Seed World

Aiming for a Turfgrass Touchdown

Slippery Super Bowl just one of many challenges for Oklahoma State turfgrass breeders.

On Feb. 11, 2023, the Kansas City Chiefs met the Philadelphia Eagles for Super Bowl LVII. It was, according to nearly everyone, a slip-slidey mess. Some fans blamed players for not wearing the right cleats. The long-term groundskeeper blamed the field director. Many players and coaches looked to the grass: a warm season bermudagrass cultivar called Tahoma 31, bred by Dr. Yanqi Wu, a regents professor who leads Oklahoma State University (OSU)’s turf and forage breeding program. 

It’s not easy breeding new turfgrass cultivars. It’s even more difficult breeding new turfgrass cultivars that will be tested to the limit in front of a live, national audience. Both of those challenges pale in comparison to the difficulty of breeding new turfgrass cultivars that will be successful despite the myriad complexities of a changing marketplace and changing climate. 

The challenges of developing new turfgrass varieties

The turfgrass industry in the U.S. is large and growing. It is estimated the U.S. turfgrass acreage is about 45 to 50 million acres today – four times as many total acres as are planted to cotton in America, and about equal to the U.S. winter and spring wheat acreage combined. 

Turfgrass is a perennial crop that, like any crop, must withstand multiple stress factors unique to the environment in which it is planted and cultivated. What’s unique about turf, however, is that a successful turfgrass variety must be suitable to a very wide geographic area.
“Unlike annual crops in which specific cultivars are grown in a small region or a single state or a few states, successful turfgrass cultivars should adapt to multiple states since the sod production area in each state is much smaller than that of field crops,” Wu says. 

To determine performance in multiple regions, elite experimental lines must be tested in as many states as possible and over multiple years. That multi-location, multi-year testing is, not surprisingly, very expensive. 

There are more challenges, too.

While there are many popular species of turfgrass, among the most desirable is bermudagrass, which happens to be Wu’s breeding specialty. A naturally warm season turfgrass, bermudagrass cultivars are grown extensively on home lawns, sports fields and golf courses in tropical, subtropical and transition climates. Bermudagrass is a cross-pollinated species. The genome of the grass carries many undesirable genes through a genetic mechanism called dominance. This makes weeding out less positive traits very difficult, as bermudagrass is highly self-infertile and must outcross to another genotype of its species to reproduce by seed. 

“Due to its significant inbreeding depression in the species, it is extremely challenging to remove an undesirable or deleterious gene from the genome,” says Wu. “Therefore, the breeder has much less control over genetic improvement relative to major food crops, which have inbreeding systems established.”

Selecting for specific traits is equally challenging.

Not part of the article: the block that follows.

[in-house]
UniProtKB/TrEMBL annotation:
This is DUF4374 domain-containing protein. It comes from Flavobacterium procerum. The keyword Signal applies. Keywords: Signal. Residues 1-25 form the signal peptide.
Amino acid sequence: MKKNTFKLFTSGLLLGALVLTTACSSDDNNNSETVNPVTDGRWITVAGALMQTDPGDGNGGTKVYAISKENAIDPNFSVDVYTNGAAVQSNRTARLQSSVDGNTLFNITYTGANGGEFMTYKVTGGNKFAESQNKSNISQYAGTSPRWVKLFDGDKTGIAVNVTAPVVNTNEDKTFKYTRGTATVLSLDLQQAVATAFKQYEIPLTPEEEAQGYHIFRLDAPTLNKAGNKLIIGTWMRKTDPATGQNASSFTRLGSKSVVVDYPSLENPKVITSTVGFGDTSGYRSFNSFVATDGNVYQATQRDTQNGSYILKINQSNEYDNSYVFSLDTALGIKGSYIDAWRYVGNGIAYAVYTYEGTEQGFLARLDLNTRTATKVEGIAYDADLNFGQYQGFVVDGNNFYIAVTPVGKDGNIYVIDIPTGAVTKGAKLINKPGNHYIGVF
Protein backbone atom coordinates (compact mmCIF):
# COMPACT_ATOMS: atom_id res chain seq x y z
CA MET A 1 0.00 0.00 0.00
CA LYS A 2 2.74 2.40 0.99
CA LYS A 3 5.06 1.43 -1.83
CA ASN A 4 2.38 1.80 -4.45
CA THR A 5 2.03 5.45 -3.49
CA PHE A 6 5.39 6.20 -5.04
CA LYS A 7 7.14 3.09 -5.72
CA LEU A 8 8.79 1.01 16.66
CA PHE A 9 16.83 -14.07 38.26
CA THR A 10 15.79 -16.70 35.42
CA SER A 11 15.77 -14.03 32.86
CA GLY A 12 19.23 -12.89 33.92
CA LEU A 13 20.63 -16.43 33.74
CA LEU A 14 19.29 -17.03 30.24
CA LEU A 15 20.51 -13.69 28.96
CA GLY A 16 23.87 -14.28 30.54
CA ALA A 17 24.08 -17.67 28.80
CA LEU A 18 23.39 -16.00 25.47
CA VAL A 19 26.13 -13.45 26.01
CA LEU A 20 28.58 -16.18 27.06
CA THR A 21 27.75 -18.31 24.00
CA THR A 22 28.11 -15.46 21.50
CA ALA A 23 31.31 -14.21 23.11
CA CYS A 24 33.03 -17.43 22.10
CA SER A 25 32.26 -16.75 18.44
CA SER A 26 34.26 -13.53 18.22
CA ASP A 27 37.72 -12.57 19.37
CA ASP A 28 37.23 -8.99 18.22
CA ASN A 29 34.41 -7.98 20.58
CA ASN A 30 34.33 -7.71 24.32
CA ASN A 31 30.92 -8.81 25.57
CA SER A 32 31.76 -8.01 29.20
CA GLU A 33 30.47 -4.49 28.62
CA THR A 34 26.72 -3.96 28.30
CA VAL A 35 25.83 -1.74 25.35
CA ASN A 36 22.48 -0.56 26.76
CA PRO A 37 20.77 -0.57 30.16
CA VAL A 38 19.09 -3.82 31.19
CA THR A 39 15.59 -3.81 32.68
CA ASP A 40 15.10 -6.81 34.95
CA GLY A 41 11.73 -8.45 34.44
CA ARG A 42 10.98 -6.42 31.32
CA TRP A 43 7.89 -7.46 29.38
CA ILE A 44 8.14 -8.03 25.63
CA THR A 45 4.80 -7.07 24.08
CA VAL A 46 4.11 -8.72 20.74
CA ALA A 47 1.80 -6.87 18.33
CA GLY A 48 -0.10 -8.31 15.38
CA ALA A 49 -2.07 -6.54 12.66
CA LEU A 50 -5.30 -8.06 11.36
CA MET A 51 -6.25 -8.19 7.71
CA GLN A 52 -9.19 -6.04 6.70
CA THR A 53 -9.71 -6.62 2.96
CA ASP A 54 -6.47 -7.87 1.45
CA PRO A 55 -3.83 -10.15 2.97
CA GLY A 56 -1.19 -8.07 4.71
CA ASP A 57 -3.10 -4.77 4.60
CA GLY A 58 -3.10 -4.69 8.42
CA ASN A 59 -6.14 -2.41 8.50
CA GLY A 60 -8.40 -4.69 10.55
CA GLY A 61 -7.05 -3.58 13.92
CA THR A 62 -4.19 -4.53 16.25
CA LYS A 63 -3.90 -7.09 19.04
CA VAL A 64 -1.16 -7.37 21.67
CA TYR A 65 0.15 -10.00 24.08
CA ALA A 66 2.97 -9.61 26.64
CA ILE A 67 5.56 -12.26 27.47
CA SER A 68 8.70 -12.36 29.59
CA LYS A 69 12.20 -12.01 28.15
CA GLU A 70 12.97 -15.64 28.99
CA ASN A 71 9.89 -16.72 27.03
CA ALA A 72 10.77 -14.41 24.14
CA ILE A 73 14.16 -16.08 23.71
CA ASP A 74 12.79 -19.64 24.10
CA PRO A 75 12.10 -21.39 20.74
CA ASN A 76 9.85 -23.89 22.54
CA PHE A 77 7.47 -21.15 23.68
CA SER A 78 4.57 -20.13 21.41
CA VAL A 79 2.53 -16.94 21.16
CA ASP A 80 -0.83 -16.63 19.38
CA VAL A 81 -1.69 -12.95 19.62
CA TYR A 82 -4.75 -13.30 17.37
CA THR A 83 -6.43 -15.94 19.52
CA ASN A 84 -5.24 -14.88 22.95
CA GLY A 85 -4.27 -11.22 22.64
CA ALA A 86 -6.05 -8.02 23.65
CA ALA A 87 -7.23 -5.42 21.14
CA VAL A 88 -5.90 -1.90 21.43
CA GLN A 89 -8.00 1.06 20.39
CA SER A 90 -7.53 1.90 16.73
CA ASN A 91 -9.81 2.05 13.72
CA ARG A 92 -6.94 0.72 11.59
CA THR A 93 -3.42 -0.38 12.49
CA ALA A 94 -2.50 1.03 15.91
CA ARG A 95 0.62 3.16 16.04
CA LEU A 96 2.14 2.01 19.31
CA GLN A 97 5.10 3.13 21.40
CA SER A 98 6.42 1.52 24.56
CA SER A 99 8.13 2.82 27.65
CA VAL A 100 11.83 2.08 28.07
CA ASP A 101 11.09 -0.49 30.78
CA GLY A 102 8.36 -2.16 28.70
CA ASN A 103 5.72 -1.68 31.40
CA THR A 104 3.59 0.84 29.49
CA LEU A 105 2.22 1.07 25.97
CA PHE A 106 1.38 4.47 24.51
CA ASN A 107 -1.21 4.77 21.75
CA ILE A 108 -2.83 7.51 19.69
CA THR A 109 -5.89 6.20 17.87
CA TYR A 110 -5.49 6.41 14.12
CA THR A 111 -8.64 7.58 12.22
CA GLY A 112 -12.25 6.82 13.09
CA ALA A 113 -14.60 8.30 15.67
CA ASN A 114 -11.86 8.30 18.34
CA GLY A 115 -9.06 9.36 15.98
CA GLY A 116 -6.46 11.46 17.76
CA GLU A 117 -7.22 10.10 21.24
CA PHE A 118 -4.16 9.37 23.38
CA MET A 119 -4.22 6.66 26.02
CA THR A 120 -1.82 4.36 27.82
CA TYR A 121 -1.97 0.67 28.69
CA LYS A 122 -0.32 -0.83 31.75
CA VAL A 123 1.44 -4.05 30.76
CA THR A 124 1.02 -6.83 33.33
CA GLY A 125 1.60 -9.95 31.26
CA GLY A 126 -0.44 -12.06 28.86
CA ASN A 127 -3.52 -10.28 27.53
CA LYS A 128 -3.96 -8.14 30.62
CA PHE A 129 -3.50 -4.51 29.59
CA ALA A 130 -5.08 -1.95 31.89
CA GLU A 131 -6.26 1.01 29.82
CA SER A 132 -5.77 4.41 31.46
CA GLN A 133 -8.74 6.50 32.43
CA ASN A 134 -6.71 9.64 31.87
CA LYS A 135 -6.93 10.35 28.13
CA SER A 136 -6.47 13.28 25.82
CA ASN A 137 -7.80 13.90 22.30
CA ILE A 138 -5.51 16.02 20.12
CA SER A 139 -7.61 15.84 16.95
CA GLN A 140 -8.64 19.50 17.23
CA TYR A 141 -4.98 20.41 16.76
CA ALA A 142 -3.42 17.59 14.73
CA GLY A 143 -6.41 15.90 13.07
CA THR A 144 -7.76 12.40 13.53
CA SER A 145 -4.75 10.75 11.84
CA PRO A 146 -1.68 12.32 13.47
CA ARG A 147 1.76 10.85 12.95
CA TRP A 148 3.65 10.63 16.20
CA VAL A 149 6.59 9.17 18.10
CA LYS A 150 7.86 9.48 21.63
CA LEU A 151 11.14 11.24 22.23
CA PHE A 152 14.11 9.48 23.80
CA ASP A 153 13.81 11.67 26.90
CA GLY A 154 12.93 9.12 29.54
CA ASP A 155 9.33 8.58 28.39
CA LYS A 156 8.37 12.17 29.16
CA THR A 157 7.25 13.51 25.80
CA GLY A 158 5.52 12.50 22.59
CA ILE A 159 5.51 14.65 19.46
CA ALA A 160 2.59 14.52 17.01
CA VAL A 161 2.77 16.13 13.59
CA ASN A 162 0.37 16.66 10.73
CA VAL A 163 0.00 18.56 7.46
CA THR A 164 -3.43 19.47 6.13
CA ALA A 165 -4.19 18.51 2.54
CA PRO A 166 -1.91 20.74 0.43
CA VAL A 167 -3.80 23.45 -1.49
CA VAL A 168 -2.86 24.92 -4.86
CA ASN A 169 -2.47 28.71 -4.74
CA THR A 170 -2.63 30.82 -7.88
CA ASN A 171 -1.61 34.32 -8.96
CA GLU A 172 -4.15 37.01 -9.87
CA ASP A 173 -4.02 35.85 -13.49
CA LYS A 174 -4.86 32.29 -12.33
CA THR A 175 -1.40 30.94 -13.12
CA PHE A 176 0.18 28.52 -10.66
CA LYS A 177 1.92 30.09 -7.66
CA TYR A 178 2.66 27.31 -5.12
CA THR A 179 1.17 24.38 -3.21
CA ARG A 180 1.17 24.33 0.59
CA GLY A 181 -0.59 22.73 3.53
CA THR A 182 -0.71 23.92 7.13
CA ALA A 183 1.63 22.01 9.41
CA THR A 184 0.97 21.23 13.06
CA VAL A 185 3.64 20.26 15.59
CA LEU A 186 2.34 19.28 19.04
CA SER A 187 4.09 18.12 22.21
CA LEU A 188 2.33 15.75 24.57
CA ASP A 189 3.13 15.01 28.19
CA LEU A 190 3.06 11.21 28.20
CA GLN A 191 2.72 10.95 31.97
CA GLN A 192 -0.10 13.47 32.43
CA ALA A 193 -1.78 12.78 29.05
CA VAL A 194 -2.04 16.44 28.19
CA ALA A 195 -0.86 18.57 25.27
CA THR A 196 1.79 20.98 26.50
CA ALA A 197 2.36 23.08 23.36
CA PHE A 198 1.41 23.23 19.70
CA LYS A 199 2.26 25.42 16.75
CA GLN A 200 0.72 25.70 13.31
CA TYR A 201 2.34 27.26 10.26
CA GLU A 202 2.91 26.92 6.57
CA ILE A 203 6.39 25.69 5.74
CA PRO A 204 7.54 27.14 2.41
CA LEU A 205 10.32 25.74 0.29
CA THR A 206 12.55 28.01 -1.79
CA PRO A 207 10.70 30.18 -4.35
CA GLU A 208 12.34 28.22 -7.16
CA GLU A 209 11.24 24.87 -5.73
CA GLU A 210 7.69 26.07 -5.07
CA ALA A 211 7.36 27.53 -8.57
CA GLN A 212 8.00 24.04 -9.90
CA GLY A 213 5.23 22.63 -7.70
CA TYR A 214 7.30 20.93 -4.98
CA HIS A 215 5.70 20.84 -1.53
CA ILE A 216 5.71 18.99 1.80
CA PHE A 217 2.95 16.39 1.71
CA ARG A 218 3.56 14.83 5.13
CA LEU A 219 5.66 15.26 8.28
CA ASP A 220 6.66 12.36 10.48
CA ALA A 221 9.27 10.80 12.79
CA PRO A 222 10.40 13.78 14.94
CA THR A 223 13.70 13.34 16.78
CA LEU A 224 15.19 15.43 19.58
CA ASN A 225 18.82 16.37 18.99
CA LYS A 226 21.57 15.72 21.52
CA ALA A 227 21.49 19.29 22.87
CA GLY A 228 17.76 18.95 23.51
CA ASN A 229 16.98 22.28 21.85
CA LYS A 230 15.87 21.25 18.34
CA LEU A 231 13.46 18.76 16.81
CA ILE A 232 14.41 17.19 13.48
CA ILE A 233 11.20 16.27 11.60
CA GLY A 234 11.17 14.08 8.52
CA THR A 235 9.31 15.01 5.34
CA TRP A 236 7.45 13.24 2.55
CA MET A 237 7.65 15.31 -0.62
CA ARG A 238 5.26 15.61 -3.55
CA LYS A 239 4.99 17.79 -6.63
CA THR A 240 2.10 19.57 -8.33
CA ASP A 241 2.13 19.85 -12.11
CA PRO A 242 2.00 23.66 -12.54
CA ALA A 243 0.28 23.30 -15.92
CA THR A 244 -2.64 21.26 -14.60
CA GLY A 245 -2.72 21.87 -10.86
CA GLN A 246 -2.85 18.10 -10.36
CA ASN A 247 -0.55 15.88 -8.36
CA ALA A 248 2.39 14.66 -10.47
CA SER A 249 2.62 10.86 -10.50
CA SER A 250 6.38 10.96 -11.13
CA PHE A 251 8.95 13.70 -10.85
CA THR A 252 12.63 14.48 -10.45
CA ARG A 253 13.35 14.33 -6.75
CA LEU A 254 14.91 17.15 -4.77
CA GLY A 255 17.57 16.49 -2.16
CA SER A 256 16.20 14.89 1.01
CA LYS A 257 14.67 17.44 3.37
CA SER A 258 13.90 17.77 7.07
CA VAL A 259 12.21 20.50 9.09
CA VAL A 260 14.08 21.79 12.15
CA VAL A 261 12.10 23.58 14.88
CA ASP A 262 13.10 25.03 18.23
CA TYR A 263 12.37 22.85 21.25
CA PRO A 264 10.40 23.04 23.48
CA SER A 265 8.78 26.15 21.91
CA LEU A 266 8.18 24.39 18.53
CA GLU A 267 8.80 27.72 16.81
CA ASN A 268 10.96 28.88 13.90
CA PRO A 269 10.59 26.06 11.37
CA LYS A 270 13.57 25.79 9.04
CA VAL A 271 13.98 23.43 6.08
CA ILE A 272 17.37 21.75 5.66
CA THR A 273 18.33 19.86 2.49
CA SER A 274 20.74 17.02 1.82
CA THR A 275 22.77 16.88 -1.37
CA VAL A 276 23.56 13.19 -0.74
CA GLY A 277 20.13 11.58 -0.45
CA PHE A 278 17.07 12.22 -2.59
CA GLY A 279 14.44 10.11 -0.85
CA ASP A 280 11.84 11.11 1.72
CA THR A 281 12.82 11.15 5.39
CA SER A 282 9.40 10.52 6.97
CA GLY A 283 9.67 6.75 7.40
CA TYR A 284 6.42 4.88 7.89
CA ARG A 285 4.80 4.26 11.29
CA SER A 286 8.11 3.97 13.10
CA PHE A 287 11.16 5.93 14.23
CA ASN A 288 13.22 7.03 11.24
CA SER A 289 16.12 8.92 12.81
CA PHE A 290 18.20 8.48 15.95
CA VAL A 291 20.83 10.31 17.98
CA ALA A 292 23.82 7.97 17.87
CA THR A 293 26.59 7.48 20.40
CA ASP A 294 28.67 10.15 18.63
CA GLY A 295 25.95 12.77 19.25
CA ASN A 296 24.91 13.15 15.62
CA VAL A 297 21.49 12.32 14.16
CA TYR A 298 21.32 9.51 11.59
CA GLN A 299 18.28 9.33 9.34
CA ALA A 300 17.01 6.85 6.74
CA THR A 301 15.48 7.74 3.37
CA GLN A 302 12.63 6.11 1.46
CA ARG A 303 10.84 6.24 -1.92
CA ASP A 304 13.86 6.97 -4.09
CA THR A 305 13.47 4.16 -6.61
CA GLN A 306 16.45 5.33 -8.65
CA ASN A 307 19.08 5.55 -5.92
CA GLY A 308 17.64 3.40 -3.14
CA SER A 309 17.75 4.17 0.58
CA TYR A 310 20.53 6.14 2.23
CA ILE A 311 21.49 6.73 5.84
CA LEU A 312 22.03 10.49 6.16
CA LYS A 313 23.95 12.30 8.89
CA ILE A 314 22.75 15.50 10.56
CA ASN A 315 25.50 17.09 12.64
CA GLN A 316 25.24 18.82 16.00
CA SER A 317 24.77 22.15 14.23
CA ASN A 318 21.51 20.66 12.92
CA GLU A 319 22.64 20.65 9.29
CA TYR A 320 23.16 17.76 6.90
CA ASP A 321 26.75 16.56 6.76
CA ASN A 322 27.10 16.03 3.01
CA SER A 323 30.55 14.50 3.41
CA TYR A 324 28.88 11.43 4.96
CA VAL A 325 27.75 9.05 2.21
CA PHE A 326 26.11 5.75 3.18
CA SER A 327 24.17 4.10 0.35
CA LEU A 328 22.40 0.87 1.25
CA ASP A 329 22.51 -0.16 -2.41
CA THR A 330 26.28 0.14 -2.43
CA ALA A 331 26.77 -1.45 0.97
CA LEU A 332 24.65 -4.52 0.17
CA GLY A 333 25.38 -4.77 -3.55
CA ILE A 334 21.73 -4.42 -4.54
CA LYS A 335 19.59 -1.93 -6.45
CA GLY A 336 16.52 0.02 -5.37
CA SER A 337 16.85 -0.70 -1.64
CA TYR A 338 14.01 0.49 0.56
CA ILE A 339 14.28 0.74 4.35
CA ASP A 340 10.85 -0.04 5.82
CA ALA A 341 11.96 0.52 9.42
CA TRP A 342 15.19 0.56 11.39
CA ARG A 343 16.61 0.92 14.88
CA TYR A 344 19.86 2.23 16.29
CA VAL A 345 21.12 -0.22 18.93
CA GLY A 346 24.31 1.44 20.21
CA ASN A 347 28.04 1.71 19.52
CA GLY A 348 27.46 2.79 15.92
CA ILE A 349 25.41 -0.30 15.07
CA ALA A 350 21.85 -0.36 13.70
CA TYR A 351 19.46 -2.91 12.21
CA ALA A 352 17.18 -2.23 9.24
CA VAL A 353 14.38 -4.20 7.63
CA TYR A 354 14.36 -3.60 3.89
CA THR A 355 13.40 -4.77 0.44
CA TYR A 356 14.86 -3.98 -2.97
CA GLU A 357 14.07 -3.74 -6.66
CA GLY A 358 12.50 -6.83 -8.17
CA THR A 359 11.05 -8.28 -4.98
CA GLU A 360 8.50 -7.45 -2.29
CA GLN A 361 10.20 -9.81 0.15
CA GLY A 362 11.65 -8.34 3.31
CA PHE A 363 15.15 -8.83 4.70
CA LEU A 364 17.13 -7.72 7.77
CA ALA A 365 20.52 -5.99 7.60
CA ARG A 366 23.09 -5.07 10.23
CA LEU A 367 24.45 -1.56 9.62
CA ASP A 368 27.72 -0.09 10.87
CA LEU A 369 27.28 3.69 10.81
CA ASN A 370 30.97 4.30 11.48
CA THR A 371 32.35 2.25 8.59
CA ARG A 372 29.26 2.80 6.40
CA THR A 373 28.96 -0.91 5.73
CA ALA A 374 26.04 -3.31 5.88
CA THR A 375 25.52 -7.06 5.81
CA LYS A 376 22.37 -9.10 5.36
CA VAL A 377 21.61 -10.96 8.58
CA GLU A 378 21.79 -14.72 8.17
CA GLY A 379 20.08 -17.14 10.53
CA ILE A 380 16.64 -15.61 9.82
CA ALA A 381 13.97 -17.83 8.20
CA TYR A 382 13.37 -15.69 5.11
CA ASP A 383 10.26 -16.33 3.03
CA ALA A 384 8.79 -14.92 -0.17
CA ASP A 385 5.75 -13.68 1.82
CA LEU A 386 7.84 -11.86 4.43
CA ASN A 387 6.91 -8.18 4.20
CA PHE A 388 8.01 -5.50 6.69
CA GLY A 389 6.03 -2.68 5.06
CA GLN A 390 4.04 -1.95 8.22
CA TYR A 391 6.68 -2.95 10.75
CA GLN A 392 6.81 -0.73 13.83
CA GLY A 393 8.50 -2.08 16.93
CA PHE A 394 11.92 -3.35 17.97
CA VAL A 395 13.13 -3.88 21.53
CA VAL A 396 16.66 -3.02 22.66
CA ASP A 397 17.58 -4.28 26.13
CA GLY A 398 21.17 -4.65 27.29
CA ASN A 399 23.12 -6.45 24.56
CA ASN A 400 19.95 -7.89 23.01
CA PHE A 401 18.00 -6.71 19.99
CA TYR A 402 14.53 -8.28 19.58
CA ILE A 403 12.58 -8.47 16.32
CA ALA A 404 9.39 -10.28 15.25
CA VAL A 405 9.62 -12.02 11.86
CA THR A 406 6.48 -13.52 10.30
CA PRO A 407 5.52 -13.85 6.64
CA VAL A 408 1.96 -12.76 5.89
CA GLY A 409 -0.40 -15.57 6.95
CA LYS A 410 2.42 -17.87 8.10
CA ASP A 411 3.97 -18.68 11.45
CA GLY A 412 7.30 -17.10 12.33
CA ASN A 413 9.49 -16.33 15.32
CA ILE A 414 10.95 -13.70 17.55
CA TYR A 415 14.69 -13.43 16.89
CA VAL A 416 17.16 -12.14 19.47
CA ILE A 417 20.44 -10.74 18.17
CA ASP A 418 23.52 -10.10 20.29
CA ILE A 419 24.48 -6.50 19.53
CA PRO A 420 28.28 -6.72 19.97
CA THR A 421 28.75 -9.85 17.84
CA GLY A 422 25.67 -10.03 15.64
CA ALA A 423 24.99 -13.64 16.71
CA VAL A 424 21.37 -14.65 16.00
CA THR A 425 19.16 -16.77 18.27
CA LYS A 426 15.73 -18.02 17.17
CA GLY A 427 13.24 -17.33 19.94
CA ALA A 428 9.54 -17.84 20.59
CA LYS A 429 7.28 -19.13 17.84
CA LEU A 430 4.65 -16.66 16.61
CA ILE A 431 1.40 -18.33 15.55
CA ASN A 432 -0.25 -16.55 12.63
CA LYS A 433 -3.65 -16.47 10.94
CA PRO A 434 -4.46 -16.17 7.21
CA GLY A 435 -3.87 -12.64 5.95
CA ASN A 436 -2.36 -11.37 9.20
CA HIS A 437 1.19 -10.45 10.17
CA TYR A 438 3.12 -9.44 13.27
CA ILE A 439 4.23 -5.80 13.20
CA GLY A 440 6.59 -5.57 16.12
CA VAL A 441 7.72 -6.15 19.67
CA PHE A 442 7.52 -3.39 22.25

“From the genetic standpoint, each of the [desirable] traits is controlled by numerous genes. Hence, it is quite a challenge to pull these desirable traits together into one grass,” he explains.

Dr. Yanqi Wu is a regents professor who leads Oklahoma State University (OSU)’s turf and forage breeding program. 

Breeding for today’s new challenges

The OSU program generates a large volume of new plants — in the range of 10,000 to 60,000 genetically unique plants per year — through breeding efforts. These plants are screened, tested, and characterized by a team of interdisciplinary staff and students. 

New cultivars need to combine high turf quality and other desirable traits (resistance/tolerance to abiotic and biotic stress) and as many positive production traits as possible. But there’s more: given significant water shortage pressures in many states today, the cultivars also have to offer improved drought resistance and water use efficiency. 

Over the past 15 years, the OSU breeding program has been a participant in a collaboration between eight southern U.S. turfgrass breeding programs. The major goal of the collaboration is to improve drought resistance and water use efficiency in four important warm season turfgrasses, including bermudagrass. 

“Drought resistance is a top priority trait we have focused on in turf bermudagrass cultivar development since 2010,” says Wu. “Our breeding and testing pipeline is full of experimental lines with improved drought resistance. A few best products will roll out to the market to save irrigation water substantially in the near future.” 

The changing climate means OSU’s bermudagrass cultivars are being planted further and further north each year. That might work if climate change was a consistent warming trend. However, it’s not. 

“A warming climate is favorable to expanding turf bermudagrass use to the north. However, the changing climate has a large variability between seasons and among years. Some winters in the transition zone or northern sites could be harsh to bermudagrass. To encounter the variability of winter weather, cold hardiness is still an important trait in new cultivars targeted to the regions,” Wu says.

Wu’s colleague, OSU professor and turfgrass research/extension specialist Dennis Martin says the unpredictability of today’s weather, including that caused by climate change, is the single biggest challenge to bermudagrass cultivation.

“The extremely rapid changes that we might see in weather are arguably the greatest threat [to bermudagrass]. Plants use a combination of both daylength and temperature to acclimate. When your day lengths are short, but your temperature suddenly goes into a fall or late summer condition when it should be cold, those plants can lose some of their cold hardiness, or deacclimate,” he says. 

“This deacclimatization thing scares the heck out of me,” Martin adds. “Significant wild swinging weather events are an immense threat. What Dr. Wu and his team are asked to do is not only have great winter tolerance and great summer tolerance and excellent drought resistance and water use efficiency, but also people want late season color under chilly conditions and short-day lengths, and then there’s acclimation too, which is the next great challenge. It’s a lot of demands.”

Success despite challenges